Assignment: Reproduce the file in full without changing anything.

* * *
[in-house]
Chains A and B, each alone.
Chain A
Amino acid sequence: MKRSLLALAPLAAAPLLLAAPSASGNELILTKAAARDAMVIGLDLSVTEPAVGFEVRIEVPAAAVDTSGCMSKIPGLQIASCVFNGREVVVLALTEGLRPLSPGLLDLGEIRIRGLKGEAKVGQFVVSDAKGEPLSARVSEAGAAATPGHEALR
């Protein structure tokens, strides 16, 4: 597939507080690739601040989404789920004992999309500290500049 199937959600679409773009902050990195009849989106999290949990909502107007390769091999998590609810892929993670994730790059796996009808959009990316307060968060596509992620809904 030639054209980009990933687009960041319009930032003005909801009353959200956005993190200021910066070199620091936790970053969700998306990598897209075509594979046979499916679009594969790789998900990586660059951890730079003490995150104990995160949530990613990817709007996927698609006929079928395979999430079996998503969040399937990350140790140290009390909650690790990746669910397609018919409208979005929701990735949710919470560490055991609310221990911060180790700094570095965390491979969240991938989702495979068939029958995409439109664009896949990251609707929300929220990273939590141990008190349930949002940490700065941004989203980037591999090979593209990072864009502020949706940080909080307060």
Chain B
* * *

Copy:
[in-house]
Chains A and B, each alone.
Chain A
Amino acid sequence: MKRSLLALAPLAAAPLLLAAPSASGNELILTKAAARDAMVIGLDLSVTEPAVGFEVRIEVPAAAVDTSGCMSKIPGLQIASCVFNGREVVVLALTEGLRPLSPGLLDLGEIRIRGLKGEAKVGQFVVSDAKGEPLSARVSEAGAAATPGHEALR
């Protein structure tokens, strides 16, 4: 597939507080690739601040989404789920004992999309500290500049 199937959600679409773009902050990195009849989106999290949990909502107007390769091999998590609810892929993670994730790059796996009808959009990316307060968060596509992620809904 030639054209980009990933687009960041319009930032003005909801009353959200956005993190200021910066070199620091936790970053969700998306990598897209075509594979046979499916679009594969790789998900990586660059951890730079003490995150104990995160949530990613990817709007996927698609006929079928395979999430079996998503969040399937990350140790140290009390909650690790990746669910397609018919409208979005929701990735949710919470560490055991609310221990911060180790700094570095965390491979969240991938989702495979068939029958995409439109664009896949990251609707929300929220990273939590141990008190349930949002940490700065941004989203980037591999090979593209990072864009502020949706940080909080307060």
Chain B